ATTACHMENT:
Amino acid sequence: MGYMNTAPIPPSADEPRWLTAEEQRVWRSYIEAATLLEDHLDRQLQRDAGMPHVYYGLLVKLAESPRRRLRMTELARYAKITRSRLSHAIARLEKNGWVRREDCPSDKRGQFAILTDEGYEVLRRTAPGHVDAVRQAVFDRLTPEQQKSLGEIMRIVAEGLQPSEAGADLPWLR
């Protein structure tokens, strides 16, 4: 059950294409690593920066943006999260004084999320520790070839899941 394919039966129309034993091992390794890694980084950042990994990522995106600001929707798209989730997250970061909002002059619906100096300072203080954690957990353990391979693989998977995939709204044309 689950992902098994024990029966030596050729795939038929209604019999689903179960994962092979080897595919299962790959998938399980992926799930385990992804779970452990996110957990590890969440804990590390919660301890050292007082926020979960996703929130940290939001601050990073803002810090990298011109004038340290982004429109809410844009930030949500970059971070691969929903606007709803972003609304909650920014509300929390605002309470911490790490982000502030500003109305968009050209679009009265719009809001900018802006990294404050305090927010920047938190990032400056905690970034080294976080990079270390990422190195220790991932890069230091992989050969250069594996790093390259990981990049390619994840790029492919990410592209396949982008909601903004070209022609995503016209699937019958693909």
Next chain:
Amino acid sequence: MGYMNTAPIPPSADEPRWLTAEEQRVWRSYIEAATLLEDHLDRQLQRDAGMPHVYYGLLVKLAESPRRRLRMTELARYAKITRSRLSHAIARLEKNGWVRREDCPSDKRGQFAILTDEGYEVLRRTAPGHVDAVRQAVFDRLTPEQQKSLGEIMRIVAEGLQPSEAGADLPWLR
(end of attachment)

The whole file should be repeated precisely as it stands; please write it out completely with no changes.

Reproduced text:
Amino acid sequence: MGYMNTAPIPPSADEPRWLTAEEQRVWRSYIEAATLLEDHLDRQLQRDAGMPHVYYGLLVKLAESPRRRLRMTELARYAKITRSRLSHAIARLEKNGWVRREDCPSDKRGQFAILTDEGYEVLRRTAPGHVDAVRQAVFDRLTPEQQKSLGEIMRIVAEGLQPSEAGADLPWLR
């Protein structure tokens, strides 16, 4: 059950294409690593920066943006999260004084999320520790070839899941 394919039966129309034993091992390794890694980084950042990994990522995106600001929707798209989730997250970061909002002059619906100096300072203080954690957990353990391979693989998977995939709204044309 689950992902098994024990029966030596050729795939038929209604019999689903179960994962092979080897595919299962790959998938399980992926799930385990992804779970452990996110957990590890969440804990590390919660301890050292007082926020979960996703929130940290939001601050990073803002810090990298011109004038340290982004429109809410844009930030949500970059971070691969929903606007709803972003609304909650920014509300929390605002309470911490790490982000502030500003109305968009050209679009009265719009809001900018802006990294404050305090927010920047938190990032400056905690970034080294976080990079270390990422190195220790991932890069230091992989050969250069594996790093390259990981990049390619994840790029492919990410592209396949982008909601903004070209022609995503016209699937019958693909």
Next chain:
Amino acid sequence: MGYMNTAPIPPSADEPRWLTAEEQRVWRSYIEAATLLEDHLDRQLQRDAGMPHVYYGLLVKLAESPRRRLRMTELARYAKITRSRLSHAIARLEKNGWVRREDCPSDKRGQFAILTDEGYEVLRRTAPGHVDAVRQAVFDRLTPEQQKSLGEIMRIVAEGLQPSEAGADLPWLR